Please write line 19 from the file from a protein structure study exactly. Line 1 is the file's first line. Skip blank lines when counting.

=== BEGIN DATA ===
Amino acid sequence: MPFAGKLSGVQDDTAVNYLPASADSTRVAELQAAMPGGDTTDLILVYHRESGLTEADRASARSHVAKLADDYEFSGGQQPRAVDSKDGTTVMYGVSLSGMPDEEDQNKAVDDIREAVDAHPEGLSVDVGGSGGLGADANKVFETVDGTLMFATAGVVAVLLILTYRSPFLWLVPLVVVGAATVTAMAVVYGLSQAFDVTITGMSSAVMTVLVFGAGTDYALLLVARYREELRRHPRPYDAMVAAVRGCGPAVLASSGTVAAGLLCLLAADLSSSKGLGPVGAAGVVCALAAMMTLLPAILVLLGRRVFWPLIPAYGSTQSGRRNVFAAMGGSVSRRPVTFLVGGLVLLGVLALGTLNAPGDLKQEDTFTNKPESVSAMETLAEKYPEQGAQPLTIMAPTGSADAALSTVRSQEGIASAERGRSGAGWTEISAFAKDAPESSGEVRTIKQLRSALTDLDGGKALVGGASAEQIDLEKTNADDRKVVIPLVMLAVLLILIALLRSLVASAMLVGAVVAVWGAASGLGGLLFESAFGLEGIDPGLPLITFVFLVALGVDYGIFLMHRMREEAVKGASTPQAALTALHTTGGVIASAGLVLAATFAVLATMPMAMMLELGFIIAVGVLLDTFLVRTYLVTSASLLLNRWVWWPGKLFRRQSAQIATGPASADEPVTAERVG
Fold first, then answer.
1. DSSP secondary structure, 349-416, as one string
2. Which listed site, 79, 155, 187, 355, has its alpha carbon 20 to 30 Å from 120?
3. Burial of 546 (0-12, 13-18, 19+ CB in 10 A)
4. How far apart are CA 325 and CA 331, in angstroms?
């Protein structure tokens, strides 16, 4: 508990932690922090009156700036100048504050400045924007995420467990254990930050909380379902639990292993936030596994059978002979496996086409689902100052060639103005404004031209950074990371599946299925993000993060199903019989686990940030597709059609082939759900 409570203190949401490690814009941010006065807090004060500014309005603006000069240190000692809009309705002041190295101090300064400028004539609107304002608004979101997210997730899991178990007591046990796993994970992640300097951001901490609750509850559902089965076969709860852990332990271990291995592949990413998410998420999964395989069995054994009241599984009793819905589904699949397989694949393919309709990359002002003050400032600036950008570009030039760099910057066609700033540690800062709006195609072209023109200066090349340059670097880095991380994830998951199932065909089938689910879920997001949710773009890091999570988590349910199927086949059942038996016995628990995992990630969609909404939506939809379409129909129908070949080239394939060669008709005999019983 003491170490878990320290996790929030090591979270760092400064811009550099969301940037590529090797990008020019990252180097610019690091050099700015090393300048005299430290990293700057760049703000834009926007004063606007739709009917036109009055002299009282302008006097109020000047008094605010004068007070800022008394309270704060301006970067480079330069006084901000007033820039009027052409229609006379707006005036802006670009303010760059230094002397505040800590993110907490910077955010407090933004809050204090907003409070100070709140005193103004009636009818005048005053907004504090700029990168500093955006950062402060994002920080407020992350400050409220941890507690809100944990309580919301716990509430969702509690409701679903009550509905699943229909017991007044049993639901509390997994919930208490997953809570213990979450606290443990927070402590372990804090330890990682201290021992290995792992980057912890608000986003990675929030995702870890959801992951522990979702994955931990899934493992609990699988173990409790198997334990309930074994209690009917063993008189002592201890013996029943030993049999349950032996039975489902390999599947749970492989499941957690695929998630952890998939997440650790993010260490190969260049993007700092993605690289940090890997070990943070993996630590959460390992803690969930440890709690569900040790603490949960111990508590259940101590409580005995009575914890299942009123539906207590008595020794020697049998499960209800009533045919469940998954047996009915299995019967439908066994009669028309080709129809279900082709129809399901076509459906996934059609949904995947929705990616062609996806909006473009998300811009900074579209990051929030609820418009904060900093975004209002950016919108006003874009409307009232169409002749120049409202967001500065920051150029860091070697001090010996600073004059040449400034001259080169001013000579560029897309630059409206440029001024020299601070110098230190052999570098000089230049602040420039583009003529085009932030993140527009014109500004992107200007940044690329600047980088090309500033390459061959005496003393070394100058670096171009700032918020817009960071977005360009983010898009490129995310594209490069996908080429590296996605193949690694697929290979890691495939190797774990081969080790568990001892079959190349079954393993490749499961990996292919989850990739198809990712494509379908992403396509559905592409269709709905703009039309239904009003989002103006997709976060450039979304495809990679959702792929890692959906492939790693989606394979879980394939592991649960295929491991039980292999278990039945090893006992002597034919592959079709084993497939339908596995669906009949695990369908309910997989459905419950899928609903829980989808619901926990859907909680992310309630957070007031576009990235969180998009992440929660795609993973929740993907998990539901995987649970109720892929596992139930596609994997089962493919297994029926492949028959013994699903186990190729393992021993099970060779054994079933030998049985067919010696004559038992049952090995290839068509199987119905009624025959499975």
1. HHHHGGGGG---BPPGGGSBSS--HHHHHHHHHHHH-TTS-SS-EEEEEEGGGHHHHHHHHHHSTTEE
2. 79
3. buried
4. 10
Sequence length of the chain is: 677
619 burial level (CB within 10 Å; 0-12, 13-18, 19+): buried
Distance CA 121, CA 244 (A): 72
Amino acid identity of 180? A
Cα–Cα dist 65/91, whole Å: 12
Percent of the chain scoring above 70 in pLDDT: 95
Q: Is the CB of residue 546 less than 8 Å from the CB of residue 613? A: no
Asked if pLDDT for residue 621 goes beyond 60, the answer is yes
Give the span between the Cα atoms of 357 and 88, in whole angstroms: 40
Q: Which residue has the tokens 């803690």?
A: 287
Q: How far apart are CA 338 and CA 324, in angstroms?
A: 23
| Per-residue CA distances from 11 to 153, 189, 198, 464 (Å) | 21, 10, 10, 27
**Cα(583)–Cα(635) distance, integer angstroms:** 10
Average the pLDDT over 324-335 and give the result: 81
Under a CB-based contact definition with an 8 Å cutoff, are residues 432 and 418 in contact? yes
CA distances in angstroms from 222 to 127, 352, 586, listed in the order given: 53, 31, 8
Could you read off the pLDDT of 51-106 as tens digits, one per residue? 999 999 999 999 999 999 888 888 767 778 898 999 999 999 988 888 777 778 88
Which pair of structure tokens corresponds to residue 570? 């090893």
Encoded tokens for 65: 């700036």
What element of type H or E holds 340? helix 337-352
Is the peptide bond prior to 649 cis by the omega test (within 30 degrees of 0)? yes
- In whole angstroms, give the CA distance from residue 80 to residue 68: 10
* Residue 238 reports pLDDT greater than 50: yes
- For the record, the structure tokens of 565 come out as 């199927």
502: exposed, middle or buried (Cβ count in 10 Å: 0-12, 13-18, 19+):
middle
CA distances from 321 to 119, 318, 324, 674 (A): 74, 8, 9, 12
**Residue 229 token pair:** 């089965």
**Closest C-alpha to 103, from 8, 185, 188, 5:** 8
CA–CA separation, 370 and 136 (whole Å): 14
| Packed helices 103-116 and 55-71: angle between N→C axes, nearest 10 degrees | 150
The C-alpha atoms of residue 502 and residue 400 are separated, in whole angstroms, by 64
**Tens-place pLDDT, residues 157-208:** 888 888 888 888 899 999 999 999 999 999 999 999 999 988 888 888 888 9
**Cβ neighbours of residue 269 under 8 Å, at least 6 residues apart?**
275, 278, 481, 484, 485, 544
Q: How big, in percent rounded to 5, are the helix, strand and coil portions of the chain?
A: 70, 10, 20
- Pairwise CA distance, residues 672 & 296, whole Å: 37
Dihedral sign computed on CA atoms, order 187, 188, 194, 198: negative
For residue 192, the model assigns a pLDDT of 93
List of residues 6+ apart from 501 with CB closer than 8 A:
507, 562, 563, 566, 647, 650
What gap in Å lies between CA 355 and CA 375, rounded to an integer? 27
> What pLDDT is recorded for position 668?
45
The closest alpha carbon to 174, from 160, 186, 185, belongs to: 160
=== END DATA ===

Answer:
Asked if pLDDT for residue 621 goes beyond 60, the answer is yes